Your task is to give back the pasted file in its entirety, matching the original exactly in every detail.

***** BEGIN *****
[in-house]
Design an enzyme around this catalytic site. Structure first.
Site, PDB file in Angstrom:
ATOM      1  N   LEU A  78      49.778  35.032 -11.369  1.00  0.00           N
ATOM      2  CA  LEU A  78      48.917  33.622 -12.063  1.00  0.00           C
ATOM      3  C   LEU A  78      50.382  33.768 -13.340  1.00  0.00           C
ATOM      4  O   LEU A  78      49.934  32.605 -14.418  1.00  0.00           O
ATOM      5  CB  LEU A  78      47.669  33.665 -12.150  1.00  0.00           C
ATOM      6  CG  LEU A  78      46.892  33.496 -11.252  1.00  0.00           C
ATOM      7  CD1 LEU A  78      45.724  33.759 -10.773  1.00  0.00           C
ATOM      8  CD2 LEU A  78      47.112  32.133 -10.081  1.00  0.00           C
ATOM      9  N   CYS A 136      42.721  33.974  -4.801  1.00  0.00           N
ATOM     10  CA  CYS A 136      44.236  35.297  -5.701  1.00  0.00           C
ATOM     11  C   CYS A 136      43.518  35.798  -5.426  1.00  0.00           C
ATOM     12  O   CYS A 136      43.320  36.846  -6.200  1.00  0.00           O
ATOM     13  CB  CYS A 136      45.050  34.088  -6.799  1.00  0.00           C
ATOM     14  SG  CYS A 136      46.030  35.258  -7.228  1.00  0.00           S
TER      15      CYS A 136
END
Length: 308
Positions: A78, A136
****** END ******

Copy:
[in-house]
Design an enzyme around this catalytic site. Structure first.
Site, PDB file in Angstrom:
ATOM      1  N   LEU A  78      49.778  35.032 -11.369  1.00  0.00           N
ATOM      2  CA  LEU A  78      48.917  33.622 -12.063  1.00  0.00           C
ATOM      3  C   LEU A  78      50.382  33.768 -13.340  1.00  0.00           C
ATOM      4  O   LEU A  78      49.934  32.605 -14.418  1.00  0.00           O
ATOM      5  CB  LEU A  78      47.669  33.665 -12.150  1.00  0.00           C
ATOM      6  CG  LEU A  78      46.892  33.496 -11.252  1.00  0.00           C
ATOM      7  CD1 LEU A  78      45.724  33.759 -10.773  1.00  0.00           C
ATOM      8  CD2 LEU A  78      47.112  32.133 -10.081  1.00  0.00           C
ATOM      9  N   CYS A 136      42.721  33.974  -4.801  1.00  0.00           N
ATOM     10  CA  CYS A 136      44.236  35.297  -5.701  1.00  0.00           C
ATOM     11  C   CYS A 136      43.518  35.798  -5.426  1.00  0.00           C
ATOM     12  O   CYS A 136      43.320  36.846  -6.200  1.00  0.00           O
ATOM     13  CB  CYS A 136      45.050  34.088  -6.799  1.00  0.00           C
ATOM     14  SG  CYS A 136      46.030  35.258  -7.228  1.00  0.00           S
TER      15      CYS A 136
END
Length: 308
Positions: A78, A136